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India’s promising young fast bowlers are fortunate to have a mentor in the highly-experienced Zaheer Khan during the tour of South Africa. Abhijit Banare explains why he is optimistic about India’s fast bowling department.
Mahendra Singh Dhoni hailed Zaheer Khan as the “Sachin Tendulkar of India’s bowling” sometime around September last year when the fast bowler was going through a rough phase. Zaheer has since taken great pains to get himself fit and has fought his way back into the Test squad. Dhoni, however, has ensured that Zaheer’s wisdom is there for the young fast bowlers during the One-Day Internationals as well by getting the Board of Control for Cricket in India (BCCI) to fly down the paceman to South Africa as a mentor for the likes of Mohammed Shami, Bhuvneshwar Kumar, Mohit Sharma and Umesh Yadav.
South Africa happens to be the same opposition against whom Zaheer made his first comeback in 2006. His inclusion, at age 35, may seems a short term plan, but the time he will spent with the young players will be hugely beneficial for Indian cricket in the long run.
Even though Bhuvneshwar is relatively senior to Shami, he is yet to prove his mettle by troubling the batsmen with the old ball — especially in Tests. Shami’s success against the West Indies has slightly overshadowed Bhuvneshwar, but he is skilled enough to share the new ball with Zaheer. His ability to move the ball both ways will test the South African batsmen. During the third One-Day International (ODI) against the West Indies, Bhuvneshwar beautifully set up Johnson Charles with his swing movement. Not only he display his skills, but he also reaffirmed his smartness under match situations — a skill which Zaheer has honed over the years.
On the other hand, Shami is moving from strength to strength. His rhythm and accuracy have been very well complimented with consistent speed of 140kmph or more. With as many as nine bowled dismissals to his name, he is already in the zone of being a threatening fast bowler.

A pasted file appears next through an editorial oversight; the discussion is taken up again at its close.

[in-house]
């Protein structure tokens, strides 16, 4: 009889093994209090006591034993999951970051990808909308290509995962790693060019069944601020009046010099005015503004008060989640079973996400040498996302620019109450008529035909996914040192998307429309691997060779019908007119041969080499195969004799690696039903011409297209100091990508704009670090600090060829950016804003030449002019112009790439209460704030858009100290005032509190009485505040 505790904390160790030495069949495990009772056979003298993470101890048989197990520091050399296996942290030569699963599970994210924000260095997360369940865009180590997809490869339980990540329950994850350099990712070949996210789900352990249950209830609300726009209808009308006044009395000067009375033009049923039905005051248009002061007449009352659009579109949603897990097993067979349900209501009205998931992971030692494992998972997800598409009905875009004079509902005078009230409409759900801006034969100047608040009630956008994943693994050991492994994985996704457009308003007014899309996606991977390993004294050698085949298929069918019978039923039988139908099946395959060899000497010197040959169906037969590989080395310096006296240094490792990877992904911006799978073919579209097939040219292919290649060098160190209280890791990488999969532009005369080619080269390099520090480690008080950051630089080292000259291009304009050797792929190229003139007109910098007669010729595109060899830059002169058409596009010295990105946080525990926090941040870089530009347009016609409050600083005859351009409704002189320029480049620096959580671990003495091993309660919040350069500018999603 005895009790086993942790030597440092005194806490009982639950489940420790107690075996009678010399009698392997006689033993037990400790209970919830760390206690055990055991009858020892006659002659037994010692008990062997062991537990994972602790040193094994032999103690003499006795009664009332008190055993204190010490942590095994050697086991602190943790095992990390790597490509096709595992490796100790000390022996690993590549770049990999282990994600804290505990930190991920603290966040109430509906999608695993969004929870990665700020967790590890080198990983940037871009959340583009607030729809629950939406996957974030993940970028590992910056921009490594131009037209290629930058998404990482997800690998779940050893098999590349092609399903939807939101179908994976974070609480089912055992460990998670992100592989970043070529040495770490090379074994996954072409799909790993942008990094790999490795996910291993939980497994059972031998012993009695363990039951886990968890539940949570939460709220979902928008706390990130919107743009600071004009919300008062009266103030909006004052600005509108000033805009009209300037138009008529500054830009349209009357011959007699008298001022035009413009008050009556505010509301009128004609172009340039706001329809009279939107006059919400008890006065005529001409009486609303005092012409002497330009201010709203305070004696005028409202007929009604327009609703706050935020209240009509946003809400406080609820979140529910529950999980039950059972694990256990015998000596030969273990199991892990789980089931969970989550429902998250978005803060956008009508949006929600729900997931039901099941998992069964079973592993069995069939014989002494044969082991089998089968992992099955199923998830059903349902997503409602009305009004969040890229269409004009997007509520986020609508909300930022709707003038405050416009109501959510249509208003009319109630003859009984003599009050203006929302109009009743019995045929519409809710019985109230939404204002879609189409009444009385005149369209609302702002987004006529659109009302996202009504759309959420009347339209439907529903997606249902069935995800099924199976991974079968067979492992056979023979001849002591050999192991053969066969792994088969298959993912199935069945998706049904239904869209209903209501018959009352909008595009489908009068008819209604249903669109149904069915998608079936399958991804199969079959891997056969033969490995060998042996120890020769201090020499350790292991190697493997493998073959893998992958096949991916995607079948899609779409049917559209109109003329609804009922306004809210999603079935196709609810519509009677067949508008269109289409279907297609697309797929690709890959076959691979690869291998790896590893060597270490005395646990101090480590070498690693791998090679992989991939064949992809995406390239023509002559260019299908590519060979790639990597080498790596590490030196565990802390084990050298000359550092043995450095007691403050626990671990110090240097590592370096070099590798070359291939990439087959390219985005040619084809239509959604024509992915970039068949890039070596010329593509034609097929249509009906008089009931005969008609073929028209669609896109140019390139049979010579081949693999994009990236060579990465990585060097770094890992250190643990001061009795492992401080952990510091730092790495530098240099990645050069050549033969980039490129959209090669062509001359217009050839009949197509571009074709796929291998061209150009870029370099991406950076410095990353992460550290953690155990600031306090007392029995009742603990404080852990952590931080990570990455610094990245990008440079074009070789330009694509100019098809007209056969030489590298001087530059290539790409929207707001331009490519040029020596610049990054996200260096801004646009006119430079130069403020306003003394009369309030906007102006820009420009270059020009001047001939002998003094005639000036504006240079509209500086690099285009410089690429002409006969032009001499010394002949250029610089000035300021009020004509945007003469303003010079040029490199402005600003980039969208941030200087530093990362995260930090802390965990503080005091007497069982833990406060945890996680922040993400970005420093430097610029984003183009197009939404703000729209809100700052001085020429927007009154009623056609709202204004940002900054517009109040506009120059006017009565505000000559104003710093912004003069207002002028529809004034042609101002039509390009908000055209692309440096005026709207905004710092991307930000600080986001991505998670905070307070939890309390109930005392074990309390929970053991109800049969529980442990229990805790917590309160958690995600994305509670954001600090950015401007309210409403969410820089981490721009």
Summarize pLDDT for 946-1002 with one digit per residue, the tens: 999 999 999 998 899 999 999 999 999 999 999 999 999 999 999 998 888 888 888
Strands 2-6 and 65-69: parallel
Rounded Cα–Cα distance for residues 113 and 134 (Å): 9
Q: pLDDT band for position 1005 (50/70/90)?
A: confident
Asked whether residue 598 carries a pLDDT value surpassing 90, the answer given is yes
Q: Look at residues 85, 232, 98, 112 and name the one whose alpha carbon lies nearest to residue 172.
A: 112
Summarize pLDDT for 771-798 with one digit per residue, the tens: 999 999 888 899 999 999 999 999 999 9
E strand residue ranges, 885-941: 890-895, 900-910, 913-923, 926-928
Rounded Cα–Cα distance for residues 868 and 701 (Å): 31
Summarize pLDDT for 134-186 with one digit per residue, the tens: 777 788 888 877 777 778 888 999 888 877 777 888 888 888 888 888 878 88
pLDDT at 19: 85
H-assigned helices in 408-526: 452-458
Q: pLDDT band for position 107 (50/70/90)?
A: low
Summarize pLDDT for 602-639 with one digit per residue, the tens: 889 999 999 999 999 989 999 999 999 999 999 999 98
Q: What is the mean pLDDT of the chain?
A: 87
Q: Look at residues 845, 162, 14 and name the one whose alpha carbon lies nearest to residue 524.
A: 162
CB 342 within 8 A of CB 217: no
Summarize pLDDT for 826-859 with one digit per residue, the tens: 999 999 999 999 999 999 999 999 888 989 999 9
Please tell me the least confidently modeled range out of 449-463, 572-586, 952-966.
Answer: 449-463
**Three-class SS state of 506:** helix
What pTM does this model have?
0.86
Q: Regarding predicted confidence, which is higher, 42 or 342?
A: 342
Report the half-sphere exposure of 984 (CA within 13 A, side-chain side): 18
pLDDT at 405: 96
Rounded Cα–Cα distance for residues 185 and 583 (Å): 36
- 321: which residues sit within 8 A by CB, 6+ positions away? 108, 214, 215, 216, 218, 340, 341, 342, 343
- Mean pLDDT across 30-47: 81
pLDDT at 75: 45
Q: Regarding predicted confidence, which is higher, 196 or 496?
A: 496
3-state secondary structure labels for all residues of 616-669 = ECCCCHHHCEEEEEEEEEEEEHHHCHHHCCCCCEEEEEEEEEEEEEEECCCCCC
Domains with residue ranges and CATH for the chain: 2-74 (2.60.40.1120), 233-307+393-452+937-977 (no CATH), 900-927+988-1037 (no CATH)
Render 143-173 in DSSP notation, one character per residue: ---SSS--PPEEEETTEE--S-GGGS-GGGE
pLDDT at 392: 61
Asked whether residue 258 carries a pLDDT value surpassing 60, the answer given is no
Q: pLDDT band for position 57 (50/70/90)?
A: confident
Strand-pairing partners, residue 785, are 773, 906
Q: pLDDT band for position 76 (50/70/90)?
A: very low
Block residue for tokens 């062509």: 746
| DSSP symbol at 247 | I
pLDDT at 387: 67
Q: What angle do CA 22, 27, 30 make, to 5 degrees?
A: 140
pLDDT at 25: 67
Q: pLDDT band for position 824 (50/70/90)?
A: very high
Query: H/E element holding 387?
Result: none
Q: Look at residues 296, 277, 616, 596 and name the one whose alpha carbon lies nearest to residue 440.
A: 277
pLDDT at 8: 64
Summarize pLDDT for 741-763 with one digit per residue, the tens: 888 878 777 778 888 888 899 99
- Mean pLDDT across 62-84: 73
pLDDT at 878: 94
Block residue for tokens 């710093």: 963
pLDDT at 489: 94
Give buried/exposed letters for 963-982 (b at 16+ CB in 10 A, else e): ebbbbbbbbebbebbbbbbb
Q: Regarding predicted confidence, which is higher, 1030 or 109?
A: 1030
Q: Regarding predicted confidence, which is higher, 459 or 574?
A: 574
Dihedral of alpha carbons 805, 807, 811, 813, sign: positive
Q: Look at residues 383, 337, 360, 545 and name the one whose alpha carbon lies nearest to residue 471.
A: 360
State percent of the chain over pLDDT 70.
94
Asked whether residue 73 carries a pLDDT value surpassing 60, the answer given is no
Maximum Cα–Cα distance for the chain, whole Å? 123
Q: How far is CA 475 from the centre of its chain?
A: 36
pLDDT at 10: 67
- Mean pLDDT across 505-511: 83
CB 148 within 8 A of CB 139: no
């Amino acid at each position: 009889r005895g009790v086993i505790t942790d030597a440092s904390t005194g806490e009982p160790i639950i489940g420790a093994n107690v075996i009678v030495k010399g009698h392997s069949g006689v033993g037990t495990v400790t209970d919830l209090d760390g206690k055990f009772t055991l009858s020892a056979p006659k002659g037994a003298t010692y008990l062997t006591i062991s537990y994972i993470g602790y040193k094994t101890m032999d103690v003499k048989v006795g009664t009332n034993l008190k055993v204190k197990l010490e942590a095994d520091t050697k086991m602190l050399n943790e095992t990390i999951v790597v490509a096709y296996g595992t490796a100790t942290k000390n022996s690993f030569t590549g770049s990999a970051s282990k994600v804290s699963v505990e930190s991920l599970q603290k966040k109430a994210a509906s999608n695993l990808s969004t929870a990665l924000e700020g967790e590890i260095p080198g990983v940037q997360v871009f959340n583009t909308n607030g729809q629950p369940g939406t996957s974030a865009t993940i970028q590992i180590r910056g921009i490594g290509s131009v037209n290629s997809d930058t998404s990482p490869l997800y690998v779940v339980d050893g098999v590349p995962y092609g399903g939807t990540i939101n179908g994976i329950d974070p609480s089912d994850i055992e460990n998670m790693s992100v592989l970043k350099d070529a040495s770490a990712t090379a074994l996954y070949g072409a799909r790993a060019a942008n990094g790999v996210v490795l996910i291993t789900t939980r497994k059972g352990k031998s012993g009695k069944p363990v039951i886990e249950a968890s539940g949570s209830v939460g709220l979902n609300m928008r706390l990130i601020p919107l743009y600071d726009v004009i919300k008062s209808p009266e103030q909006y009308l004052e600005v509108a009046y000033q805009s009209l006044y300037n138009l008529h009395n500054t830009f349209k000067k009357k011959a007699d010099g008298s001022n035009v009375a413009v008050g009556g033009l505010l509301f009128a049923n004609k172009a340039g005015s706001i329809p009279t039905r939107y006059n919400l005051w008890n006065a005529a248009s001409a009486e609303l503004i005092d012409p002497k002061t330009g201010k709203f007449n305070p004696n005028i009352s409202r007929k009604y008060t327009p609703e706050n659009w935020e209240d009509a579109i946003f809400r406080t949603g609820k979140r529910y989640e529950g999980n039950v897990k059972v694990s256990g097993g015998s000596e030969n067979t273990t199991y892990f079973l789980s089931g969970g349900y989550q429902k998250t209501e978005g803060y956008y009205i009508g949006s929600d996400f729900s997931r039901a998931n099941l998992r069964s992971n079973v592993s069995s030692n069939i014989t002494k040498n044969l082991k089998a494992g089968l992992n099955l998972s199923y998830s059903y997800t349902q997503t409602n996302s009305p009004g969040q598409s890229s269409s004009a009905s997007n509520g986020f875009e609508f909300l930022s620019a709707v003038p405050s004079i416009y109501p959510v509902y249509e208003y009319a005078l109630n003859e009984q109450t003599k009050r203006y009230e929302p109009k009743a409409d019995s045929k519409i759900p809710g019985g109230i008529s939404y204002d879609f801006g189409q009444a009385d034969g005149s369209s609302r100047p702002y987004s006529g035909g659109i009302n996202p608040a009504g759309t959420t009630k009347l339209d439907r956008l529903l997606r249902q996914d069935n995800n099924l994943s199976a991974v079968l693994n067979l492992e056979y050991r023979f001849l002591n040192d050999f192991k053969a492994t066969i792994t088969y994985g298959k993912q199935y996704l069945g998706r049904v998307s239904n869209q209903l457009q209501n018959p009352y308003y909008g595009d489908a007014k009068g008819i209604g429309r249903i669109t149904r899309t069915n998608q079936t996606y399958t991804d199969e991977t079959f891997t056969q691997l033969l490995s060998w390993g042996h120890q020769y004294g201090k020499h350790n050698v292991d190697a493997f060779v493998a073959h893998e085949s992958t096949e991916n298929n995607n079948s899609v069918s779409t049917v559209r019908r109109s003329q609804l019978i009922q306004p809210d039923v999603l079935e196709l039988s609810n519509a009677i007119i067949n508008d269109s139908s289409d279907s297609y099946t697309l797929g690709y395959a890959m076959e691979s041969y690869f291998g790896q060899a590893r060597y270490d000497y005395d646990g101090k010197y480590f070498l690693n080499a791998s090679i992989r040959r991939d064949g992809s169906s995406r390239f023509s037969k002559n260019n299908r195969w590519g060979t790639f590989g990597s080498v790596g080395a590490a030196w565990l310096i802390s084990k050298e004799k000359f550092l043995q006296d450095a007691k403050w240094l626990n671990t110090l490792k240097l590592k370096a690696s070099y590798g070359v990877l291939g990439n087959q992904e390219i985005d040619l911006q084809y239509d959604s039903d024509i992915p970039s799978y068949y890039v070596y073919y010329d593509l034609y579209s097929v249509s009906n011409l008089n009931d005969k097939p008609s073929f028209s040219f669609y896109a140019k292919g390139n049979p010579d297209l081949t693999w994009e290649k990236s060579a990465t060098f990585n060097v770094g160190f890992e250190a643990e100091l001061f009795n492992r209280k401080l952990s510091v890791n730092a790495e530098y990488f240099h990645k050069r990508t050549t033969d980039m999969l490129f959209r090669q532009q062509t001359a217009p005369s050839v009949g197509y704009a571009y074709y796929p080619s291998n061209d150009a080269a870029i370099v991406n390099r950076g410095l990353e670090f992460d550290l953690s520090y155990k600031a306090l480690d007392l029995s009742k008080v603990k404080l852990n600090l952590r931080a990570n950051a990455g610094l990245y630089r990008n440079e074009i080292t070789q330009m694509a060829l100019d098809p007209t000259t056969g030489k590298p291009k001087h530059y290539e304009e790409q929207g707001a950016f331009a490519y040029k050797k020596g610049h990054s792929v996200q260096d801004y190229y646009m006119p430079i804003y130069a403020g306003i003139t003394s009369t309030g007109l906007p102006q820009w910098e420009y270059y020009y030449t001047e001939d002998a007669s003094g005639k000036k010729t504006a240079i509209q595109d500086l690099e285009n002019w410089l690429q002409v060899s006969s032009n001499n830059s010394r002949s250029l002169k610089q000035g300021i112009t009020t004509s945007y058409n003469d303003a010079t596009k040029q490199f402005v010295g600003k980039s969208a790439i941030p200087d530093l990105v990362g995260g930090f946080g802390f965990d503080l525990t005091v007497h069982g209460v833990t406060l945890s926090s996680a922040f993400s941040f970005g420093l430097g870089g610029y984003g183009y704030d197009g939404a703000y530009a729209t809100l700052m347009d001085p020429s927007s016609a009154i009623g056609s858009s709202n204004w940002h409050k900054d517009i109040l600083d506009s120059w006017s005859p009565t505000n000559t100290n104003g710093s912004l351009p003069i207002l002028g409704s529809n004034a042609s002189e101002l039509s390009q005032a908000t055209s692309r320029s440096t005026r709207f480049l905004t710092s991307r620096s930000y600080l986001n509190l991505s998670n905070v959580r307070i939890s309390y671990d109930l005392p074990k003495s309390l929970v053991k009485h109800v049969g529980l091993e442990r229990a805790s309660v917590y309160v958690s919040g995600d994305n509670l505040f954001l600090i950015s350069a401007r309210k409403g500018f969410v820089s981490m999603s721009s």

Wasim Akram says you can keep pitching the old ball in one place and every single time the ball will reverse, unlike the wayward swing you get with the new ball, if not controlled. This is visible in the way Shami bowled to someone like Shivnarine Chanderpaul, consistently making him play and reversing the ball to great effect during the Test series last month. One can understand how crucial his success would be if India have to cheaply get rid of Hashim Amla and Jacques Kallis.
South African batsmen will be a different challenge. At home, West Indies looked totally out of sorts while facing reverse swing and remained stuck to their crease. Moreover, Shami’s ability to pitch the ball back of length and get it nip in seems to be an added weapon, along with the traditional reverse. Shami’s accuracy is evident from his numbers in just two Test matches. Out of the 11 wickets, Shami has hit the stumps on seven occasions.
Mode of dismissals
With Zaheer’s experience and the abilities of Shami and Bhuvneshwar, India can certainly be a force to reckon with in South Africa. Pace may not be India’s strength, but the ability to get their line in control can still be enough to make an impact. Zaheer and Shami, being good exponents of reverse swing, can be dangerous maintaining the pressure from both ends. Hence, even if India don’t bag quick wickets early on, there is always an opportunity around the corner — something which the Indians didn’t have earlier.
One must remember the abilities of Umesh Yadav, who makes a noticeable impact with his pace. On the sidelines from the playing XI in recent matches he is a strong back-up option for the skipper. With the assistance that is on offer, Dhoni will be tempted to include him ahead of Mohit Sharma in the ODIs and an assessment of his performance will decide whether he will be the apt as a fourth seamer in Tests.
The Ishant conundrum
Ishant Sharma’s inclusion itself created a huge discussion after the poor form, followed by the exclusion from the national side for series against the West Indies. It indicated that he might be left out from the tour of South Africa. But the Delhi pacer clawed his way back with good show in the Ranji games. Bounce is something Ishant will cherish in South Africa, but whether the length will be accurate enough is a big question mark. At present it looks unlikely that he will feature in the playing XI. But going by Dhoni’s record of backing his players, Ishant can be optimistic.
For a long time, fast bowling has not been India’s strength. However, the promising start made by the present lot has given India a lot to be hopeful about. Having bowled well in subcontinent pitches (without assistance to the fast bowlers) with fruitful results, the next six months will be a wonderful opportunity for the pacers. High on form, they move into bowling-friendly pitches of South Africa, New Zealand and England in mid-2014. A successful run on these tours will go a long way in building their respective careers.
(Abhijit Banare is a reporter at CricketCountry. He is an avid quizzer and loves to analyse and dig out interesting facts which allows him to learn something new every day. Apart from cricket he also likes to keep a sharp eye on Indian politics, and can be followed on Twitter and blog)
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